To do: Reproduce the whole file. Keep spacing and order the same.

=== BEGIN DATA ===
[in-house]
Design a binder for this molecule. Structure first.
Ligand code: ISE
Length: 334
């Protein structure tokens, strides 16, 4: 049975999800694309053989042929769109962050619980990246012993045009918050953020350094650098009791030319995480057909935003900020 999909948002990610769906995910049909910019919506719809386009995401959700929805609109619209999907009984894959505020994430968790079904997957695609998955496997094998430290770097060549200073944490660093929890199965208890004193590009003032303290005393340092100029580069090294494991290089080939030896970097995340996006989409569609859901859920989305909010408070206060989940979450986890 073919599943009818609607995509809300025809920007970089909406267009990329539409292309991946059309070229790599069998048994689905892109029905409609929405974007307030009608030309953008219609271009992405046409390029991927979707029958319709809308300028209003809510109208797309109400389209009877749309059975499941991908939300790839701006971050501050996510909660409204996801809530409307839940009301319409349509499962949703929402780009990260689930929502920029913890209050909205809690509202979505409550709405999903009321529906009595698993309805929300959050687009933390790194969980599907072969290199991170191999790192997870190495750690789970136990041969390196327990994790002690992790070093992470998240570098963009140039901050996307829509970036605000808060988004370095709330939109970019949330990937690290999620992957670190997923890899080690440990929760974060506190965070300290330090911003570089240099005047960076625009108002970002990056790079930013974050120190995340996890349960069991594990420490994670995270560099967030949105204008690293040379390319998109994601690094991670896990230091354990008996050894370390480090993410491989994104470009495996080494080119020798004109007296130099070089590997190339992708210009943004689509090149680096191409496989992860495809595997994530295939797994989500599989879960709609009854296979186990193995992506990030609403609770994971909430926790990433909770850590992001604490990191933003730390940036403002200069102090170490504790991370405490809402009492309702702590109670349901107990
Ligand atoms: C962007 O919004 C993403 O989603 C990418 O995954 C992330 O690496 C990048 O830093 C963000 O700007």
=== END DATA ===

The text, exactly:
[in-house]
Design a binder for this molecule. Structure first.
Ligand code: ISE
Length: 334
């Protein structure tokens, strides 16, 4: 049975999800694309053989042929769109962050619980990246012993045009918050953020350094650098009791030319995480057909935003900020 999909948002990610769906995910049909910019919506719809386009995401959700929805609109619209999907009984894959505020994430968790079904997957695609998955496997094998430290770097060549200073944490660093929890199965208890004193590009003032303290005393340092100029580069090294494991290089080939030896970097995340996006989409569609859901859920989305909010408070206060989940979450986890 073919599943009818609607995509809300025809920007970089909406267009990329539409292309991946059309070229790599069998048994689905892109029905409609929405974007307030009608030309953008219609271009992405046409390029991927979707029958319709809308300028209003809510109208797309109400389209009877749309059975499941991908939300790839701006971050501050996510909660409204996801809530409307839940009301319409349509499962949703929402780009990260689930929502920029913890209050909205809690509202979505409550709405999903009321529906009595698993309805929300959050687009933390790194969980599907072969290199991170191999790192997870190495750690789970136990041969390196327990994790002690992790070093992470998240570098963009140039901050996307829509970036605000808060988004370095709330939109970019949330990937690290999620992957670190997923890899080690440990929760974060506190965070300290330090911003570089240099005047960076625009108002970002990056790079930013974050120190995340996890349960069991594990420490994670995270560099967030949105204008690293040379390319998109994601690094991670896990230091354990008996050894370390480090993410491989994104470009495996080494080119020798004109007296130099070089590997190339992708210009943004689509090149680096191409496989992860495809595997994530295939797994989500599989879960709609009854296979186990193995992506990030609403609770994971909430926790990433909770850590992001604490990191933003730390940036403002200069102090170490504790991370405490809402009492309702702590109670349901107990
Ligand atoms: C962007 O919004 C993403 O989603 C990418 O995954 C992330 O690496 C990048 O830093 C963000 O700007």